Despite the Microsoft takeover, what's left of Nokia can still make mobile phones - and soon

Despite the Microsoft takeover, what's left of Nokia can still make mobile phones - and soon

Summary: The Nokia brand looks to have been relegated to feature phones under Microsoft, but Nokia can still re-enter the device market in the not too distant future.


With Nokia's manufacturing, supply chain and 32,000 staff — once dedicated to making and selling Nokia phones — now being sold to Microsoft, you'd be forgiven for thinking that Nokia's dreams of returning to mobile glory are all but over.

As part of the acquisition, which saw Microsoft agree to buy Nokia's devices and services buiness for €5.4bn, Microsoft gets rights to use Nokia's name in connection with feature phones for 10 years. However, the period which Nokia has to wait before licensing the name to someone else, or making phones using the brand itself, is far shorter.

Under the terms of the deal, Nokia can't license the Nokia brand to anyone that might use it to sell mobile phones for a period of 30 months. And should Nokia wish to re-enter the devices market itself, it can use the Nokia name for its own kit from the start of calendar 2016. 

So in theory, in just over two years, Nokia could launch its own line of mobile devices again alongside Microsoft's own Nokia-branded feature phones. Six months after that, it could begin licensing its name to another manufacturer, meaning there could theoretically be three companies selling phones under the Nokia brand. 

But even without its own devices or brand on the market, Nokia still stands to gain significant revenues from the smartphone business through patents it has licensed, rather than sold, to Microsoft: €1.65bn of the €5.44bn purchase price gives Microsoft a 10-year non-exclusive licence to Nokia's smartphone patents — some of which it has been using in litigation against various Android smartphone makers — and reciprocal rights related to Here mapping services. Microsoft has an option to extend the licence too. 

Of course, with the Nokia handset stable under its belt, Microsoft will have the freedom to get rid of the brand entirely and rename the ranges in its own image if it so chooses.

However, Micrsoft's outgoing CEO Steve Ballmer claims naming will get simpler under its leadership: while the company could boost its own branding by slapping 'Windows Phone' in the middle of Nokia handset names, Ballmer said on Tuesday it has no such plans.

"I will say that I think we can probably do better for consumer name than the Nokia Lumia Windows Phone 1020. And yet, because of where both companies are and the independent nature of the businesses, we haven't been able to shorten that," he said.

"Just take that as a proxy for a range of improvements that we feel we can make. We can simplify the way in which we work with operators and the overall consumer branding and messaging gets much simpler. That is an efficiency of being one company."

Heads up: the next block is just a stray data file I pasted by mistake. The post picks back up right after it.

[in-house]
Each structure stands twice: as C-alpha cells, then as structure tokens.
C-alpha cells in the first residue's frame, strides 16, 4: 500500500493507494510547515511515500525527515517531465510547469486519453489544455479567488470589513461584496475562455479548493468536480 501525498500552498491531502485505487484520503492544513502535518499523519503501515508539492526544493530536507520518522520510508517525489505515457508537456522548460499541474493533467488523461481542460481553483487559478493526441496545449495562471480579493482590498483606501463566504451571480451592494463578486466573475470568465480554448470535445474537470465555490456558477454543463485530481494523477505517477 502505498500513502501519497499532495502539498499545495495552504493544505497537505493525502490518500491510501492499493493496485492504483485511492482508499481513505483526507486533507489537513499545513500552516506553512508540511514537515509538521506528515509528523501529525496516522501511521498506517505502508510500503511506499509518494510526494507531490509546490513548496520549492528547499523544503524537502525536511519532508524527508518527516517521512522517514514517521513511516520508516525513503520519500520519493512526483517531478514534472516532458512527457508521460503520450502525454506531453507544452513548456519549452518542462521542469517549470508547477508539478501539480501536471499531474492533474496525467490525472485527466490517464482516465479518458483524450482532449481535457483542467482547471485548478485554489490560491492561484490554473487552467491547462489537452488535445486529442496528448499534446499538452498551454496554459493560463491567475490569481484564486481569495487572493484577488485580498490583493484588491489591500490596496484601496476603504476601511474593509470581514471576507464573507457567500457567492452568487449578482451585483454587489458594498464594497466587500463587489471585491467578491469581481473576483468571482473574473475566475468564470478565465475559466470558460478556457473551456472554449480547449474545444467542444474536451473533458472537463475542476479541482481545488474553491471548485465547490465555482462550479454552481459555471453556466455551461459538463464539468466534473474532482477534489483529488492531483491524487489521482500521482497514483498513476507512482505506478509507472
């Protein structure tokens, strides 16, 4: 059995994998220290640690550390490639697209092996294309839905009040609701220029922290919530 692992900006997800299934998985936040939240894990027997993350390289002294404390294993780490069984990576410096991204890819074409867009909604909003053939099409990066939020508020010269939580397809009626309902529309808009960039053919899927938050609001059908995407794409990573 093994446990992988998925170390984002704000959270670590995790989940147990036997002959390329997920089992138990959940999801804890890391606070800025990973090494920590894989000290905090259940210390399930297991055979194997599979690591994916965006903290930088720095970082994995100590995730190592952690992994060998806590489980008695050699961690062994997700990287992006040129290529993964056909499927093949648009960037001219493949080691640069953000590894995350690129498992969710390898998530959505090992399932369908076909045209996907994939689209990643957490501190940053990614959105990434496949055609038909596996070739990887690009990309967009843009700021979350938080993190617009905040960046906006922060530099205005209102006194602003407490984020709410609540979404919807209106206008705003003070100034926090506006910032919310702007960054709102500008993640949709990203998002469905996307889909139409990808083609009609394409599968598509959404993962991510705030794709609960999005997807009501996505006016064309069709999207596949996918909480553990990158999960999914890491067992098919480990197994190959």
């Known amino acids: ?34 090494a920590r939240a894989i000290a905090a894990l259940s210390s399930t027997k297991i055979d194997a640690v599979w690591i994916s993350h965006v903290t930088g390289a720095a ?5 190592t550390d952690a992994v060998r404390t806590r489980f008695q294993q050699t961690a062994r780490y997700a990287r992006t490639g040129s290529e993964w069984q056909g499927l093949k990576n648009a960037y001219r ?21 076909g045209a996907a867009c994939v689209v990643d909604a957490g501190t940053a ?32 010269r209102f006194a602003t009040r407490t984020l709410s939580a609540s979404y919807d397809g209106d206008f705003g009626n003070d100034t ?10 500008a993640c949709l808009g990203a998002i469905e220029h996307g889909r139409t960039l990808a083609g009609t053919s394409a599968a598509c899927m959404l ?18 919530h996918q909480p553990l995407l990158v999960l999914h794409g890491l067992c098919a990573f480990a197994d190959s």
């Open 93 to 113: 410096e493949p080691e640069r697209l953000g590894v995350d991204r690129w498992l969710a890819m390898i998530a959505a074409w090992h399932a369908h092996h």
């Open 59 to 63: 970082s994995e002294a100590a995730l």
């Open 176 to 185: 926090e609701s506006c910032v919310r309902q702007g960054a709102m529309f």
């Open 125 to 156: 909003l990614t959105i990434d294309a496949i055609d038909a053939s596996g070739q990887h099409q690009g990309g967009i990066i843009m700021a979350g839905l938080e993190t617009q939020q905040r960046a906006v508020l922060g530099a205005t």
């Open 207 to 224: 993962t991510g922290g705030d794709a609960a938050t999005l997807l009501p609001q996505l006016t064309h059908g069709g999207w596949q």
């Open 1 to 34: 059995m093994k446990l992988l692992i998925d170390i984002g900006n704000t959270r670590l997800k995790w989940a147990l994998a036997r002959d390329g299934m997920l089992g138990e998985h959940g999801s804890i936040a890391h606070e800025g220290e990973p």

Global coverage: Nokia Interim CEO: Microsoft deal makes us stronger | Even with Nokia devices, Microsoft wants to license Windows Phone to other makers | Does its Nokia buy thwart or fuel a possible Microsoft break-up? | Microsoft shows how to flush decades of Nokia goodwill away | Microsoft gets less than $10 per Windows Phone unit | Microsoft-Nokia deal: Reaction from the Twitter trenches | Elop drops Nokia CEO role to lead devices team under Microsoft deal | Microsoft-Nokia deal: 11 quick facts | Microsoft to buy Nokia's devices, services unit for $7.2B

Topics: The Microsoft-Nokia Deal, Microsoft, Mobile OS, Mobility, Nokia, Smartphones, Windows Phone

Liam Tung

About Liam Tung

Liam Tung is an Australian business technology journalist living a few too many Swedish miles north of Stockholm for his liking. He gained a bachelors degree in economics and arts (cultural studies) at Sydney's Macquarie University, but hacked (without Norse or malicious code for that matter) his way into a career as an enterprise tech, security and telecommunications journalist with ZDNet Australia. These days Liam is a full time freelance technology journalist who writes for several publications.

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  • Nokia Phones

    Well they can release an Android device and finally go under....if they wish. Or just remain a Services and Infrastructure company and remain profitable.

    But time will tell.
    Dreyer Smit
  • what did Microsoft buy, exactly?

    The more I read about the terms of this deal, the more I wonder: what did Microsoft buy, exactly, when they "bought" Nokia? They didn't buy the patents, apparently, just a 10 year non-exclusive license to them. Nor did they buy the Nokia name, just a 30 month exclusive use of it. So who actually owns those things? And what does Microsoft own for its $7+ billion?